The Government does not permit independent monitoring of prison conditions by international or national human rights monitoring groups. Human rights activists continued to seek information on conditions inside jails despite the risks to themselves and to their prison sources. On September 5, a military tribunal sentenced human rights activist Maritza Lugo to 2 years of house arrest for "bribery," for having attempted to smuggle a tape recorder into a prison in order to obtain direct testimony from inmates.

d. Arbitrary Arrest, Detention, or Exile

The Law of Penal Procedures requires police to file formal charges and either release a detainee or bring the case before a prosecutor within 96 hours of arrest. It also requires the authorities to provide suspects with access to a lawyer within 7 days of arrest. However, the Constitution states that all legally recognized civil liberties can be denied to anyone who actively opposes the "decision of the Cuban people to build socialism." The authorities routinely invoke this sweeping authority to deny due process to those detained on purported state security grounds.

The authorities routinely engage in arbitrary arrest and detention of human rights advocates, subjecting them to interrogations, threats, and degrading treatment and conditions for hours or days at a time.

On July 16, the Government arrested the four members of the "internal dissident working group" (economist Martha Beatriz Roque, professor Felix Bonne Carcasses, lawyer Rene Gomez Manzano, and Vladimiro Roca Antunes), because of their peaceful activities in expressing their disagreement with the Government. In May and June, the group sought international support for its political positions and nonviolent dissent from the Government's policies. The working group also made a public appeal to citizens to exercise their legal right to abstain from participating in upcoming national elections. It held two well-attended press conferences with foreign journalists. During the second press conference, the group presented "The Homeland Belongs to All," a paper that outlined a moderate response to the platform document of the Cuban Communist Party's fifth party congress. On July 16, state security agents launched coordinated raids against the working group members' homes and took the four members to police stations. State security officers searched their homes and seized books, papers, correspondence, and personal articles such as typewriters and computers. In November the authorities transferred the four from Havana's Villa Marista state security facility to separate prisons: Roca to Ariza prison in Cienfuegos province; Gomez Manzano to Aguija prison in Matanzas province, Bonne to Guanajay prison in Havana province, and Roque to Manto Negro women's prison, also in Havana province. At year's end, there were still no indications whether the Government would put the group on trial on charges of disseminating enemy propaganda.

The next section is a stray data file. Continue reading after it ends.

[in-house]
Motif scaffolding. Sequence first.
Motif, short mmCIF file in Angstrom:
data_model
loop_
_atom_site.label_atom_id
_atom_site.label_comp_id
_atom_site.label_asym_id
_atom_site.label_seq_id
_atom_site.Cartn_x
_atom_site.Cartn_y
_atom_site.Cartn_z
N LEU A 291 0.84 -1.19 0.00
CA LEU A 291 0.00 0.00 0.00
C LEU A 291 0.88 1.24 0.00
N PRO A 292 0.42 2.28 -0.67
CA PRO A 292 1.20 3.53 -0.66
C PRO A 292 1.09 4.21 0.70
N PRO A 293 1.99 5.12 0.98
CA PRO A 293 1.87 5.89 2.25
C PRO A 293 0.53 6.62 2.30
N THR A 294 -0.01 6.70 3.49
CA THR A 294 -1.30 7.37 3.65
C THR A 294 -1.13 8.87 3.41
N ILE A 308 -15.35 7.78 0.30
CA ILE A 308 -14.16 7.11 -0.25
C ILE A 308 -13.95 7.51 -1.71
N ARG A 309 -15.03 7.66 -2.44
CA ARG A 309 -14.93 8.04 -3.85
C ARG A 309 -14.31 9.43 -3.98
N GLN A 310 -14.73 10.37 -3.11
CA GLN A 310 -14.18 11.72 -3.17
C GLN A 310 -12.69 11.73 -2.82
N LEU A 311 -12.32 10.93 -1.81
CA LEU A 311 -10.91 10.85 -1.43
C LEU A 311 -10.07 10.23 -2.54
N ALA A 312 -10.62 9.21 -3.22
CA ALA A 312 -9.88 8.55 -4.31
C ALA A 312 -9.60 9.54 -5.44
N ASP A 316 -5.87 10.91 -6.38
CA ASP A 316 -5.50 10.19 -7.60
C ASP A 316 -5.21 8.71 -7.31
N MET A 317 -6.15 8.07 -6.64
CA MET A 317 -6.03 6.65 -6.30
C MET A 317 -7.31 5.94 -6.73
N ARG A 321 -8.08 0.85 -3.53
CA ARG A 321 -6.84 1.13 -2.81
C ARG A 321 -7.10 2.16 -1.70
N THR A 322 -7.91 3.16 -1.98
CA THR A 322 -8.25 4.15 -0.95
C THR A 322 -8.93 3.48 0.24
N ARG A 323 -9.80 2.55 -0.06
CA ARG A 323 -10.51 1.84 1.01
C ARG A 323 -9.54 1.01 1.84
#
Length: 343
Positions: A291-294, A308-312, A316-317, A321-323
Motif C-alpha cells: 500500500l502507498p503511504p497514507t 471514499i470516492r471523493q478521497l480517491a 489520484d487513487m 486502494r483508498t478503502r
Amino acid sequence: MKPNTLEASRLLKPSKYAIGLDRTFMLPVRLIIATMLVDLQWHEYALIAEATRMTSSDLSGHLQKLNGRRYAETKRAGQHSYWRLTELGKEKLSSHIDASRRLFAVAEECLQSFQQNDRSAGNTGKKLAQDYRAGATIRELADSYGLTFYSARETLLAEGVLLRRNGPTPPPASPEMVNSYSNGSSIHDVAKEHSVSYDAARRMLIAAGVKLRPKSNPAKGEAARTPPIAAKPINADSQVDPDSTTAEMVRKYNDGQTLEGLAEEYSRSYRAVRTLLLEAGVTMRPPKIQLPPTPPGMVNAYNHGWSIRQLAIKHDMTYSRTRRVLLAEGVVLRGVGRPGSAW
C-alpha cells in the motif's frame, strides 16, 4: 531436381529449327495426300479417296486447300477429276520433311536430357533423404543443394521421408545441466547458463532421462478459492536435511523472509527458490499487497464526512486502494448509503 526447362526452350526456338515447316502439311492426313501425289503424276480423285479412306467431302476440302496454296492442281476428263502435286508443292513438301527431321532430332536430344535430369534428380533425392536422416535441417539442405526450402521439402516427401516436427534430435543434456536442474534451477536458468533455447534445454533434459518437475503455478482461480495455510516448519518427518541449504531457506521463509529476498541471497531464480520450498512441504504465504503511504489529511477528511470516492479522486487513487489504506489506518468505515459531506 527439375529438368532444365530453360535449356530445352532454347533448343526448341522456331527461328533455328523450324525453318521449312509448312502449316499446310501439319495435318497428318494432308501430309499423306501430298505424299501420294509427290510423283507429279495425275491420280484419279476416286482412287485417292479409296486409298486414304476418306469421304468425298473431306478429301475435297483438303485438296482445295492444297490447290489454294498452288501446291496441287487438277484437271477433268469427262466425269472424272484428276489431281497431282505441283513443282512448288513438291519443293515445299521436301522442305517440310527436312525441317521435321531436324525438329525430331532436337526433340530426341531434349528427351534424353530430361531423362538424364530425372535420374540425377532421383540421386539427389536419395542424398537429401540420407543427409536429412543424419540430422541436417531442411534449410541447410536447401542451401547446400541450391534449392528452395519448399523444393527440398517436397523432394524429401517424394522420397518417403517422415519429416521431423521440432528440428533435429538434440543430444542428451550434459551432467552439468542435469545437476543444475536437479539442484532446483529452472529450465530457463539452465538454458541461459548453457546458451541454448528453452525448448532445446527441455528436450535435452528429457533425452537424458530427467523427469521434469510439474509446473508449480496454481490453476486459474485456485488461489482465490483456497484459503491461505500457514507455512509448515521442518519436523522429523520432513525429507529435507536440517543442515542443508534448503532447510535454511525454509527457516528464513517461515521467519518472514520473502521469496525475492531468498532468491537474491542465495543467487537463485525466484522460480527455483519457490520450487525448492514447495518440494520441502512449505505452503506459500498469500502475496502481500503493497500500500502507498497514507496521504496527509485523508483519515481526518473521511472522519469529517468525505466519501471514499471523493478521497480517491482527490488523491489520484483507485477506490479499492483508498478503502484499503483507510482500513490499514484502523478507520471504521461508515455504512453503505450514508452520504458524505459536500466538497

On June 25, the Government arrested medical doctor and human rights activist Dessy Mendoza at his home in Santiago de Cuba. Dr. Mendoza was detained because of his efforts in February to alert the public, through the international media, about an outbreak of hemorrhagic dengue fever in Santiago de Cuba, which resulted in the death of about 30 persons. In June the Government finally acknowledged the outbreak and began a belated fumigation effort in Santiago de Cuba, Havana, and elsewhere. In December the Government tried, convicted, and sentenced Dr. Mendoza to 8 years in prison for disseminating false information. The unhealthful conditions of his detention required his hospitalization.

On October 9, 10 human rights activists in Santa Clara initiated a prolonged fast to protest the incarceration of Daula Carpio Matas, who had originally been sentenced to house arrest for a previous incident. At 4:00 a.m. on October 14, police raided the home where the fast was taking place and detained the occupants. On October 23, a court convicted the fasting dissidents of association to commit crimes and disobedience, and sentenced them to a variety of terms ranging from 18 months in jail to 18 months' probation. At year's end, six of the dissidents were continuing the fast, four of them in a hospital.